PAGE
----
Saturday, January 21, 2006

Slowly Spinning Planets

And other thoughts provoked by my time on commuter trains.

I was riding the Keiyo Line train from Ichikawa-Shiohama to Tokyo--the first leg of my return commute--the other night, and the train was pretty sparsely populated. This is probably because it was only 17:00.

Let me explain. I used to work from 09:00 to 18:00 every day. Just Wednesday, it was Decided that we should start working two shifts: one from 08:00 to 17:00, and the other from 10:00 to 19:00. So Thursday, I got to go in late but come home late, and on Friday, I got to wake up at 05:40 in order to catch a train at 06:40 and get to work by 08:00.

But I did get off at 17:00, and this put me on a non-crowded Keiyo Line train--which was my original thrust, remember? And it is an important fact that the train was not crowded, for the two seats across from me were vacant. When the train hit a section of track that was banked so that my side was slightly lower than the opposite side (which I was facing), what to my wondering eyes should appear but a rather fantastic optical illusion!

There are a lot of lights in the Tokyo Metropolitan Area. The trains almost all run either underground or on elevated tracks. The Keiyo Line runs most of the way from Chiba to Central Tokyo on the latter.

And with all of this data, can you guess what I saw?

No? Well allow me to explain. The lights from out the train window behind me were being reflected on the window in front of me, which was serving only partially as a mirror; it was also giving me a view of the lights on the other side of the window. What this added up to was something that looked very much like a spinning galaxy. The reflection of the lights behind me, superimposed on the window in front of me, which was also displaying lights far beneath the train and out towards the sea, moved in such a way that it looked like nothing but a galaxy spinning slowly on a starfield.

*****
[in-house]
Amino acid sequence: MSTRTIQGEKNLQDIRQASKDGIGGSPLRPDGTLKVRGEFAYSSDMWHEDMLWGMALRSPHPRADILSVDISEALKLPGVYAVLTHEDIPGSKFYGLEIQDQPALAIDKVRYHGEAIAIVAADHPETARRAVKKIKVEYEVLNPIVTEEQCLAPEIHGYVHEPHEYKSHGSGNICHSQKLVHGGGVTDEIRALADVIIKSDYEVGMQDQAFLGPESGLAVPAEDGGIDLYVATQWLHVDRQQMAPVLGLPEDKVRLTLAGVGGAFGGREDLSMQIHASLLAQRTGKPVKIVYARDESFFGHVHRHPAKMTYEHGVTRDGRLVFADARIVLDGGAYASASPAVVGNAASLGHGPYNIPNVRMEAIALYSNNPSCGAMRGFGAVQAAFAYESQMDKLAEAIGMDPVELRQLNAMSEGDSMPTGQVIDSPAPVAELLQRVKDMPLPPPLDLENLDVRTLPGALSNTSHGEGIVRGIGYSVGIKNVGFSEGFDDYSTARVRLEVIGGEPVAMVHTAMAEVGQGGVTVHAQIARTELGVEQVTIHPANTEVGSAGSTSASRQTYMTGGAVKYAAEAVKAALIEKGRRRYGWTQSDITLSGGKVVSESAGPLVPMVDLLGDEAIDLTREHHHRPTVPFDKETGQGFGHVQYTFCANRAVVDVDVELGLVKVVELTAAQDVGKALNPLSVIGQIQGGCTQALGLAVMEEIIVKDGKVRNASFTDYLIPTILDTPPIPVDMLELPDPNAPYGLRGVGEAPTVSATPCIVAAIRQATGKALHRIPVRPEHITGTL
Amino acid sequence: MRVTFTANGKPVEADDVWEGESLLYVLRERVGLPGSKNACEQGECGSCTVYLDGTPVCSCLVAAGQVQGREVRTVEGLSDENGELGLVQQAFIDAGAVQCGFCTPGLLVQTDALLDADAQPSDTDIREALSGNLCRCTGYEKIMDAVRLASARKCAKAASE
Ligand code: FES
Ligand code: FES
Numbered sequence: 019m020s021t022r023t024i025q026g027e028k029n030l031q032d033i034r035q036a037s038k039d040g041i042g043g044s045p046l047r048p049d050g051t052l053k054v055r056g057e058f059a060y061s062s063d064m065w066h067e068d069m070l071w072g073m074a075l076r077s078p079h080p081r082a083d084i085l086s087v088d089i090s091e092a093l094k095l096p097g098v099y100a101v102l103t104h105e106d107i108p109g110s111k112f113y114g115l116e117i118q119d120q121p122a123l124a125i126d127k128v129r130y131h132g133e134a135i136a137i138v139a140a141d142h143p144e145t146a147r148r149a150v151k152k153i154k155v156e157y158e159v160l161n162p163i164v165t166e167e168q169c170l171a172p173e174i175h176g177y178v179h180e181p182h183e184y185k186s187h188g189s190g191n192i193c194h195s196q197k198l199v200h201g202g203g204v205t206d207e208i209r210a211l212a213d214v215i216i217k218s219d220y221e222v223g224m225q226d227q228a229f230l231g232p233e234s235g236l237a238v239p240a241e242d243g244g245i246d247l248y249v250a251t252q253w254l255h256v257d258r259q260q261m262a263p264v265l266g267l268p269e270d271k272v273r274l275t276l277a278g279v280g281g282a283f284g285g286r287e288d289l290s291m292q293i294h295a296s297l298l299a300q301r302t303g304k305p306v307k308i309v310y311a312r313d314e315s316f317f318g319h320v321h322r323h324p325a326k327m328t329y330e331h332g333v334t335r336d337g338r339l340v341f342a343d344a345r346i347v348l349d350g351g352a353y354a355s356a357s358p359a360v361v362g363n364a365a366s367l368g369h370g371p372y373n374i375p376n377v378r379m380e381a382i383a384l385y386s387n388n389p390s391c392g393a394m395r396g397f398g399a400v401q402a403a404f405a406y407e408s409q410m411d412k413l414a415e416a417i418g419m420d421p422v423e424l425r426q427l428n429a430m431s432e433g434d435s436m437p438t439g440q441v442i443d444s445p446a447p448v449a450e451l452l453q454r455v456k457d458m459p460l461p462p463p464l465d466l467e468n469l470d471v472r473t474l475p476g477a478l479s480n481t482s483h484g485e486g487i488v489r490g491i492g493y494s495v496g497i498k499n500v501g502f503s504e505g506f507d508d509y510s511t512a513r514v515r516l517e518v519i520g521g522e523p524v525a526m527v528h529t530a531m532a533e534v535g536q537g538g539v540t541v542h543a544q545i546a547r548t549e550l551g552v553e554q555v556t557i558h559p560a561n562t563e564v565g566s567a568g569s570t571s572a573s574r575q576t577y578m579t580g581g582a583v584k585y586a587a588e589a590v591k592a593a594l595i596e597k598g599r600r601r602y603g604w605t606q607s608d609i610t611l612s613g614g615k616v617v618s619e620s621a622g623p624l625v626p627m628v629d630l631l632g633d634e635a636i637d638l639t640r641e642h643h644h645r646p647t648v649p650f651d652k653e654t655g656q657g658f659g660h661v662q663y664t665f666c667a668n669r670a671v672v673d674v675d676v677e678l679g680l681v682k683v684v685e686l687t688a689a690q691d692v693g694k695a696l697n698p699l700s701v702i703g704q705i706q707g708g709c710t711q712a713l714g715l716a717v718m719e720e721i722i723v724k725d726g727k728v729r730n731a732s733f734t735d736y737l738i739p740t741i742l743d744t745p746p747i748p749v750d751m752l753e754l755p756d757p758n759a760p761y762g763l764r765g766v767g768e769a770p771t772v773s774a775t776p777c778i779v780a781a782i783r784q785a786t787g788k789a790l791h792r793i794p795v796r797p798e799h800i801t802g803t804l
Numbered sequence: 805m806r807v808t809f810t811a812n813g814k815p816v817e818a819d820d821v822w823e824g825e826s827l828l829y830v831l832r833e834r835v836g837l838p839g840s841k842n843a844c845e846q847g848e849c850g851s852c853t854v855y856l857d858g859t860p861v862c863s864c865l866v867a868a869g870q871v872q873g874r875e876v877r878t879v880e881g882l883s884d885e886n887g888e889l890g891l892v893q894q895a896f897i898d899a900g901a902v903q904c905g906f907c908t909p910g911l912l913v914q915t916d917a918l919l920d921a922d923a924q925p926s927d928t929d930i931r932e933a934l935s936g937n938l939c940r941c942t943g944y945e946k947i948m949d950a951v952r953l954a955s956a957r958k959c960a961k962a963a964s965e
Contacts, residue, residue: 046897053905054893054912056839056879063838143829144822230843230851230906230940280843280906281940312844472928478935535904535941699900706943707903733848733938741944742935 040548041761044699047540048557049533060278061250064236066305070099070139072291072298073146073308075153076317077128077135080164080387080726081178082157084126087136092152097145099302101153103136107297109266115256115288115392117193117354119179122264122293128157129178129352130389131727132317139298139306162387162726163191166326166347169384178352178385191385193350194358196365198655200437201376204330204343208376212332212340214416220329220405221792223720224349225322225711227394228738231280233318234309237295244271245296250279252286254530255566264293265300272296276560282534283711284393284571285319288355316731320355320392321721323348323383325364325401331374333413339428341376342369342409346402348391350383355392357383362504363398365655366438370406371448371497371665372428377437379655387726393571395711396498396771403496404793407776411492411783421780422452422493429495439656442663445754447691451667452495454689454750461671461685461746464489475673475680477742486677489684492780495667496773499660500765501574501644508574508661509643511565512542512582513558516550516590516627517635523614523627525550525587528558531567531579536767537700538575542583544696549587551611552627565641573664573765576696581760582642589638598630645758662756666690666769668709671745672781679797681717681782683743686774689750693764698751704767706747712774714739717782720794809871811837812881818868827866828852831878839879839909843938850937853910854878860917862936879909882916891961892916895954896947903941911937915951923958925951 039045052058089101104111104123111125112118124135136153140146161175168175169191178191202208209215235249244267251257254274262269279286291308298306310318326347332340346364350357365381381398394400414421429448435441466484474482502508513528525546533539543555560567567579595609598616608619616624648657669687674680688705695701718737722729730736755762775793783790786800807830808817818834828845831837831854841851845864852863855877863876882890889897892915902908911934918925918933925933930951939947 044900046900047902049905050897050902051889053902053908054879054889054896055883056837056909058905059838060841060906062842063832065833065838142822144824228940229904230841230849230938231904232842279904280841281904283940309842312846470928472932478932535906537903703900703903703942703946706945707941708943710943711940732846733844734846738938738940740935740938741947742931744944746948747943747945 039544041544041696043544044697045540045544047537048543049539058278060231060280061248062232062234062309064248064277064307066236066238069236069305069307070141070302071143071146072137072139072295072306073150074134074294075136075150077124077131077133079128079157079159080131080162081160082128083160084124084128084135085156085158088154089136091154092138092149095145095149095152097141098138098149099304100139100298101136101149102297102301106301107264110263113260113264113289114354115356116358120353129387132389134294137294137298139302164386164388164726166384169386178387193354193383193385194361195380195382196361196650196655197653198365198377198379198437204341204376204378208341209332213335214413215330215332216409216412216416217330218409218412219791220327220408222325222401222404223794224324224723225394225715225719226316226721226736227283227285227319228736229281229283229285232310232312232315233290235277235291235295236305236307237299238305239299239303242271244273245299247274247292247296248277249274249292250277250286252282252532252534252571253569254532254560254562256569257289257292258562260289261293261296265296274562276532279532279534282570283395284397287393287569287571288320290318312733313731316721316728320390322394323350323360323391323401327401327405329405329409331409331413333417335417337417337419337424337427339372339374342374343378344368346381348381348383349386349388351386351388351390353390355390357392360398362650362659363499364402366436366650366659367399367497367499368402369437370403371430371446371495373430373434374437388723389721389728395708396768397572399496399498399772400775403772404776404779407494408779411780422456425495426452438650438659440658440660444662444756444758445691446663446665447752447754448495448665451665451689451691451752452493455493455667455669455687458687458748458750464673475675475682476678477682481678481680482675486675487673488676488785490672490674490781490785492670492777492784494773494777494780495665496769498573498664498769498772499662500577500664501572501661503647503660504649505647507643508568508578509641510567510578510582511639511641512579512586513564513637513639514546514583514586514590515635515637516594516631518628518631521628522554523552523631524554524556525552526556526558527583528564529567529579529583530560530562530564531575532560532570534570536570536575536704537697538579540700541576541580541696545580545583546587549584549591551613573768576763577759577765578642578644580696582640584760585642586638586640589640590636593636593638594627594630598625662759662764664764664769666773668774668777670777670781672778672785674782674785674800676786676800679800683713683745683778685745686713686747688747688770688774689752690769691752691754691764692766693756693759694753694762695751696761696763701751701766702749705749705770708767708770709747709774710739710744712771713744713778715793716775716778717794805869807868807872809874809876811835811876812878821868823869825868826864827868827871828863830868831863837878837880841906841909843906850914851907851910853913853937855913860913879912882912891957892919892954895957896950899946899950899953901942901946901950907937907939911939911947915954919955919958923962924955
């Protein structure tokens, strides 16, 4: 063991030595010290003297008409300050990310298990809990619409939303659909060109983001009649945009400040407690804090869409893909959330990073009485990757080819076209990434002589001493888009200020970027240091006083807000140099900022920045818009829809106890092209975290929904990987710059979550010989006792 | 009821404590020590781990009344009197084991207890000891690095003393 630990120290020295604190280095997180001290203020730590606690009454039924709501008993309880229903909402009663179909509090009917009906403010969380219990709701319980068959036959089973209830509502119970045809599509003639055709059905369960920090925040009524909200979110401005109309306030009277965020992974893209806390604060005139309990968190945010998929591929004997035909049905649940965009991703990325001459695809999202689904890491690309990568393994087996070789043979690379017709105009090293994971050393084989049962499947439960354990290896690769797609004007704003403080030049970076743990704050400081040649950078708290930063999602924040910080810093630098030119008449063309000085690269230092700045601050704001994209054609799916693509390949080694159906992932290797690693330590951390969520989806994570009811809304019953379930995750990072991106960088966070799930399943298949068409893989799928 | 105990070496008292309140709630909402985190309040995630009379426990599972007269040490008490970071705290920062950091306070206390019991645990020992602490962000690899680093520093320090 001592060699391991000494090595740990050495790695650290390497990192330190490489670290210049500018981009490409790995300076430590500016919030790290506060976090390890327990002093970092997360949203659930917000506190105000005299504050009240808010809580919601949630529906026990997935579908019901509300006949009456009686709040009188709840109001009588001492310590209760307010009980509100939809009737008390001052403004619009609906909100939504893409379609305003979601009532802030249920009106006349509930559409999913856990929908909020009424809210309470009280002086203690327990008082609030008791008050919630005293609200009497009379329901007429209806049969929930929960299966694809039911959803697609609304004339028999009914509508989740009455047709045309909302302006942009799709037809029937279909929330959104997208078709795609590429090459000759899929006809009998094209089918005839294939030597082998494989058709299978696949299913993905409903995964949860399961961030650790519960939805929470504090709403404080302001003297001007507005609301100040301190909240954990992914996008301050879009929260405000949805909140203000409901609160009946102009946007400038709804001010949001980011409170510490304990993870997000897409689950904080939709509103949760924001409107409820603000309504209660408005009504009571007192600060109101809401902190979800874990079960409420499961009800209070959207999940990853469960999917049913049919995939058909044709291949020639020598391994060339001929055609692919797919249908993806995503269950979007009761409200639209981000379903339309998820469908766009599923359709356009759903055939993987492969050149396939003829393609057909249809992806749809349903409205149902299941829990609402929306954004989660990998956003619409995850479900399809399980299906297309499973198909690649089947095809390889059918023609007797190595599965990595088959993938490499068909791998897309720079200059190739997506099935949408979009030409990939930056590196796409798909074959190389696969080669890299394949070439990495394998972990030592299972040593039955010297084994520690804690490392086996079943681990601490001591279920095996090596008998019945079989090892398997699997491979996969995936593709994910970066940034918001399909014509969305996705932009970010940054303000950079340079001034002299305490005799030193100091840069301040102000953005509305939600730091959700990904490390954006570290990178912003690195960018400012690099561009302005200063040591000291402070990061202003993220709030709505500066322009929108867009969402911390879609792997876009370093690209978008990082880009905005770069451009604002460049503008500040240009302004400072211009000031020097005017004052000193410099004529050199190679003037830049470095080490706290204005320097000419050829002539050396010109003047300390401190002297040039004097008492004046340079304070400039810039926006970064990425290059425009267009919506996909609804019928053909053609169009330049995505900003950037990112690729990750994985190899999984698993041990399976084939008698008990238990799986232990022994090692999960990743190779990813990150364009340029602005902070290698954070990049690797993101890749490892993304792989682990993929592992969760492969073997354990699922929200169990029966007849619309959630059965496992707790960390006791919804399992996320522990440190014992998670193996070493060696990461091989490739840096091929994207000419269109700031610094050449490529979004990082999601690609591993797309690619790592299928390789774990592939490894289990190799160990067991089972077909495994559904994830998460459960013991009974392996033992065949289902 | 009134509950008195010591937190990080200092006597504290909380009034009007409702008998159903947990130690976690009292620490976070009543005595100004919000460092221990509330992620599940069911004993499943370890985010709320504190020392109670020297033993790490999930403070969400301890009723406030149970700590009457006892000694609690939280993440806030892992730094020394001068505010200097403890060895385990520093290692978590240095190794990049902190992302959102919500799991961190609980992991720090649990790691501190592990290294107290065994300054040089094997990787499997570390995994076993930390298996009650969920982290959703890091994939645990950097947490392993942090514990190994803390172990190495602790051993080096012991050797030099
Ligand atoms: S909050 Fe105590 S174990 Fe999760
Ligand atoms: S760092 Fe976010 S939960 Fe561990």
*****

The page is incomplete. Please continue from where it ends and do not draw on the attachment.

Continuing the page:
Another interesting optical illusion offered by trains traversing elevated tracks at night is the "space bubble effect". Wherein the passengers of a distant train which happens to be running parallel to your own train, illuminated by the interior lights of their train, look like there are flying through space in a transparent craft.

I wonder if this has anything to do with how they dreamed up Galaxy Express 999?


MalexMedia said...

These train rides wouldn't happen to be boring you, would they? :-P

I must admit, however, that this optical illusion sounds positively entrancing.

So, obviously, I've finally gotten an account here so I can properly comment on your posts. ;) Is it time to run for the hills? I hope not, but who can tell?

Josh Glover said...

Yes, the optical illusion was fantastic, and yes, it is time to run for the hills! ;-P

The great thing is that it seems to be repeatable, so when you lazy Americans feel like visiting me in Japan, I should be able to demonstrate it to you.